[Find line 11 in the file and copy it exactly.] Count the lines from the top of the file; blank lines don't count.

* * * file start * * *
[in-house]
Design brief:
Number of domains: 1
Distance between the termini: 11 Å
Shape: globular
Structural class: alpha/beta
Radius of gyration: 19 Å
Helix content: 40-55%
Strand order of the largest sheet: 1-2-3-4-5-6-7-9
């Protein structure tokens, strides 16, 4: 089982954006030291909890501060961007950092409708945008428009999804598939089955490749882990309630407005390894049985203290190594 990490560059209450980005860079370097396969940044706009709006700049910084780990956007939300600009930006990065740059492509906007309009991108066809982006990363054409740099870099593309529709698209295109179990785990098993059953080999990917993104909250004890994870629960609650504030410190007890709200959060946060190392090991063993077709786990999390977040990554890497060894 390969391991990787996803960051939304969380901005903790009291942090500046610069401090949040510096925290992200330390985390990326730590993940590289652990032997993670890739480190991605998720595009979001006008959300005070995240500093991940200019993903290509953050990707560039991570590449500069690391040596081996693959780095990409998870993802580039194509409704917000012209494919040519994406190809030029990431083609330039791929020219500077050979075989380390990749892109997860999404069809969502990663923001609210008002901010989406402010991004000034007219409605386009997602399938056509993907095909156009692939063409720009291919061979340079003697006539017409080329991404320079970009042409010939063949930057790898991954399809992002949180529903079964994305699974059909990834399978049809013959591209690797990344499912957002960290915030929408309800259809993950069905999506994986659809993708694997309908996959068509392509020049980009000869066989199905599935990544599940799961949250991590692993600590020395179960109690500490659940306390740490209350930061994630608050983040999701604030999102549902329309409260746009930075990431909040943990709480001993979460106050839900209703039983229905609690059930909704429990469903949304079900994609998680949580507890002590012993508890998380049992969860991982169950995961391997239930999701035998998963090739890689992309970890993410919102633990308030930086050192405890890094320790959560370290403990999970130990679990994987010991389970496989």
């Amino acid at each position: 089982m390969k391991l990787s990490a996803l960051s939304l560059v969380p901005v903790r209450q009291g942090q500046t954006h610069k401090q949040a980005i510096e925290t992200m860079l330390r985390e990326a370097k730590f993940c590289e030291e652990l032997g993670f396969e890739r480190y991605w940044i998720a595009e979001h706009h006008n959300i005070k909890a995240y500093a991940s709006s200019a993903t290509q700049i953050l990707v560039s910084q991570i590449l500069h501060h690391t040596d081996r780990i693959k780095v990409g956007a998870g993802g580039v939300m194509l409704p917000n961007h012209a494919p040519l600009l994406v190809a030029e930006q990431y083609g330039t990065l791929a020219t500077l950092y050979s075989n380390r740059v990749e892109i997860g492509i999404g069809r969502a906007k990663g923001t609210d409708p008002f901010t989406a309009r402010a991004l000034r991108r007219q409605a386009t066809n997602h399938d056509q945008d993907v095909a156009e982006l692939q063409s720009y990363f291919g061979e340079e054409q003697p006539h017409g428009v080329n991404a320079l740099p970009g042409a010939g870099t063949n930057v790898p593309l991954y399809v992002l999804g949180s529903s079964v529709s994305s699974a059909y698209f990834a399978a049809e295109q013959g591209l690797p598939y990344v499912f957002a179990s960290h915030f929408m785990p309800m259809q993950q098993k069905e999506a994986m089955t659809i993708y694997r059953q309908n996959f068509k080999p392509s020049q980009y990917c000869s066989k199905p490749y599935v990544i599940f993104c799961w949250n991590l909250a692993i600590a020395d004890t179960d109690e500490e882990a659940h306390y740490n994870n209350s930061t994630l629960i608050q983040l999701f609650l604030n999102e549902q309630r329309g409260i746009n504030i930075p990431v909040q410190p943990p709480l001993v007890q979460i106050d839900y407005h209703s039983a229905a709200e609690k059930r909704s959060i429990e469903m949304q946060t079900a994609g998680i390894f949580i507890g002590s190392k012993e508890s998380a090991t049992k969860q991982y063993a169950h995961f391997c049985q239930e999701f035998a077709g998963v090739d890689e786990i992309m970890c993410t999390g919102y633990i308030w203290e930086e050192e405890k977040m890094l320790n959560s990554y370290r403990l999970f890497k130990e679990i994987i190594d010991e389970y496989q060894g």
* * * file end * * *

């Amino acid at each position: 089982m390969k391991l990787s990490a996803l960051s939304l560059v969380p901005v903790r209450q009291g942090q500046t954006h610069k401090q949040a980005i510096e925290t992200m860079l330390r985390e990326a370097k730590f993940c590289e030291e652990l032997g993670f396969e890739r480190y991605w940044i998720a595009e979001h706009h006008n959300i005070k909890a995240y500093a991940s709006s200019a993903t290509q700049i953050l990707v560039s910084q991570i590449l500069h501060h690391t040596d081996r780990i693959k780095v990409g956007a998870g993802g580039v939300m194509l409704p917000n961007h012209a494919p040519l600009l994406v190809a030029e930006q990431y083609g330039t990065l791929a020219t500077l950092y050979s075989n380390r740059v990749e892109i997860g492509i999404g069809r969502a906007k990663g923001t609210d409708p008002f901010t989406a309009r402010a991004l000034r991108r007219q409605a386009t066809n997602h399938d056509q945008d993907v095909a156009e982006l692939q063409s720009y990363f291919g061979e340079e054409q003697p006539h017409g428009v080329n991404a320079l740099p970009g042409a010939g870099t063949n930057v790898p593309l991954y399809v992002l999804g949180s529903s079964v529709s994305s699974a059909y698209f990834a399978a049809e295109q013959g591209l690797p598939y990344v499912f957002a179990s960290h915030f929408m785990p309800m259809q993950q098993k069905e999506a994986m089955t659809i993708y694997r059953q309908n996959f068509k080999p392509s020049q980009y990917c000869s066989k199905p490749y599935v990544i599940f993104c799961w949250n991590l909250a692993i600590a020395d004890t179960d109690e500490e882990a659940h306390y740490n994870n209350s930061t994630l629960i608050q983040l999701f609650l604030n999102e549902q309630r329309g409260i746009n504030i930075p990431v909040q410190p943990p709480l001993v007890q979460i106050d839900y407005h209703s039983a229905a709200e609690k059930r909704s959060i429990e469903m949304q946060t079900a994609g998680i390894f949580i507890g002590s190392k012993e508890s998380a090991t049992k969860q991982y063993a169950h995961f391997c049985q239930e999701f035998a077709g998963v090739d890689e786990i992309m970890c993410t999390g919102y633990i308030w203290e930086e050192e405890k977040m890094l320790n959560s990554y370290r403990l999970f890497k130990e679990i994987i190594d010991e389970y496989q060894g």